You are on page 1of 7

Understanding pH Name(s): Jessica Swanson Class: AP Biology Date: July 29, 2013

Part I: What is pH?

1. What is pH?: Read all of the information on the first page. Select "Concentration of Hydrogen Ions" from the left menu and read the first section only. The end of this section is marked with two stars. pH is a unit of measurement to represent a characteristic of a solution.

2. What does pH represent? pH represents the alkalinity or acidity of a solution.

3. Label the following pH scale with the appropriate numbers and these terms: acidity (acid), alkalinity (base), neutral. Write your labels below the rectangle. Later, you will fill in the rectangle with other information. pH Scale tonic water lemon juice aspirin vinegar lemon soap 0 (acidity) 1 2 3 4 5 6 milk of magnesia ammonia water baking soda liquid plumber lava soap borax 7 (neutral) 8 9 10 11 12 13 14 (alkalinity)

Acids make red litmus paper red and blue litmus paper red.

Bases make red litmus paper blue and blue litmus paper blue.

4. When is a solution acidic? A solution is acidic when the pH is below 7.

5. When is a solution alkaline (basic)? A solution is basic when the pH is above 7.

Part II: pH of Common Substances

Use the pH Panel to collect the data needed to complete the pH scale diagram (refer to question 2). Below the rectangle are the numbers 0, 7, and 14 (if you answered question 2 correctly). Write in all of the missing numbers (1-6 and 8-13), spaced appropriately. In the body of the rectangle, add a point to represent the pH of each of the substances below. Label each point with the substance name.

lemon juice baking soda aspirin ammonia soap borax

water dish detergent vinegar tonic water drain cleaner You've now related the pH scale to common substances.

Part III: pH & Concentration

In Part I, you learned that pH has something to do with hydrogen concentration. Let's investigate that relationship in more detail.

Using the Simulation

Open the Virtual Lab. Click on a solution name (in the list of IrYdium solutions) and then click on the top icon in the Workbench. The solution appears on the Workbench and its volume, components, and pH appear on the right of the screen. Additional solutions can be added to the Workbench, following the same steps.

To combine the solutions, drag the image that represents one solution until it is on top of the other solution image. At the bottom of the screen, type in the number of milliliters of solution you wish to add. Click on the Pour button to add the designated volume. The volume, components, and pH of the resulting solution appear on the right side of the screen.

If you want to remove an item from the Workbench, right-click on the solution and select "Remove" from the menu. To clear all items from the Workbench, right-click on the workbench and choose "Select All" from the menu. Then press the Delete key on your keyboard.

Procedure

Double-click on Strong-acids and select 0.1 M HCl. Scroll up to select distilled water (H2O). On the Workbench, click on the third icon to select a 50-mL graduated cylinder. Transfer 5.0 mL HCl to the graduated cylinder. Note the H+ concentration and pH on the right side of the simulation. This data has been recorded for you in Table 1. Add 45.0 ml distilled water to the same graduated cylinder. Record the new H+ concentration and pH in the second row of Table 1. Note: the simulation calculates pH with more precision than is needed for this lesson. Round pH to the nearest whole number. For the remaining trials, you'll need to transfer a small amount of the HCl and water solution to a new graduated cylinder. Then add the volume of distilled water indicated. (Otherwise, the graduated cylinder will overflow.) Complete Table 1. Clear the Workbench. Follow the same steps to complete Table 2, beginning with 0.1 M NaOH (a strong base).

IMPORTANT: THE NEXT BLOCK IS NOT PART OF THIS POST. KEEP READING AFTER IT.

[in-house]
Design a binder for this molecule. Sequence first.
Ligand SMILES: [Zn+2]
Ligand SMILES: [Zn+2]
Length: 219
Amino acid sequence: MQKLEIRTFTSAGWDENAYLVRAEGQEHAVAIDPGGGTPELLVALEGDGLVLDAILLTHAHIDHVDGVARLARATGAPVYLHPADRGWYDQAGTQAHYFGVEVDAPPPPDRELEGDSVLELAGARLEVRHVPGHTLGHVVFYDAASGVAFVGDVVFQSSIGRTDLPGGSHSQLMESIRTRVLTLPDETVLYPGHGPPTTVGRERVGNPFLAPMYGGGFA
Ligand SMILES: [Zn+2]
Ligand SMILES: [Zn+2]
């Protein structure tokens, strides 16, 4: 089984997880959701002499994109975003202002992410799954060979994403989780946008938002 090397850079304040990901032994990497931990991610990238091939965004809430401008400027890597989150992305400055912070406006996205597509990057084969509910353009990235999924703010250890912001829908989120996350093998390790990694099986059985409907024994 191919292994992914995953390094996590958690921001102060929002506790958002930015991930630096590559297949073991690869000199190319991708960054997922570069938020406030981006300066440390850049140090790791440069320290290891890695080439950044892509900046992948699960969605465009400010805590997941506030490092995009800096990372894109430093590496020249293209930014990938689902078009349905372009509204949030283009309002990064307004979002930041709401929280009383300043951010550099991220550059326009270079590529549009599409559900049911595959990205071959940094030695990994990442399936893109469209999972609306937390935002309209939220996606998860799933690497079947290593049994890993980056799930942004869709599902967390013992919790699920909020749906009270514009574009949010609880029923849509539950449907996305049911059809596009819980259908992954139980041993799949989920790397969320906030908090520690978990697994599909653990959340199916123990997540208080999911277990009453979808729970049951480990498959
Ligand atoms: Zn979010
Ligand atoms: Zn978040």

Look carefully at the data in Tables 1 and 2. A solution with a pH = 1 is 10 times (stronger, weaker) than a solution with a pH = 2.

A solution with a pH = 4 is 1000 times (stronger, weaker) than a solution with a pH = 1.

A solution with a pH = 8 is 100 times (more, less) basic than a solution with a pH = 6.

A solution with a pH = 5 is 1000 times (more, less) acidic than a solution with a pH = 8.

A solution with a pH = 3 is 1000 times (more, less) basic than a solution with a pH = 6.

6. Why can small changes in pH have a large effect on the properties of a solution? It changes a major characteristic of the solution which can have a larger scale effect with continued use. Changes in pH will cause a solution to react differently to other chemicals.

7. What pattern do you see regarding the concentration of an acid or base and its pH? The higher the concentration of H+ ions, the more acidic. The lower the concentration of H+ ions, the more basic.

Part IV: Calculating pH

Read the information at the Math Skills Review web site. Disregard the information on natural logarithms and significant figures. Stop reading when you come to the Antilogarithms section. Answer the questions below.

8. What is a logarithm? Logarithm is the power the number 10 must be raised to in order to reach a certain number.

9. What is the logarithm of 103? 2.012837225

10. How can you determine the logarithm of a number like 6.25 x 10 -9? Enter it into a scientific calculator using the log function. Then, measure out the correct number of significant figures by making the mantissa (the right of the decimal point) as many significant figures as the number whose log was found.

11. What is the formula for pH (in words)? The negative of the logarithm of the hydrogen ion concentration.

12. What is the pH of a solution whose H+ concentration is 10 -8 M? Is this an acid or base? 8, base 13. What is the pH of a solution whose H+ concentration is 4.26 x 10 -5 M? Is this an acid or base? 4.371, acid 14. What is the pH of a solution whose H+ concentration is 3.59 x 10 -11 M? Is this an acid or base? 10.445, base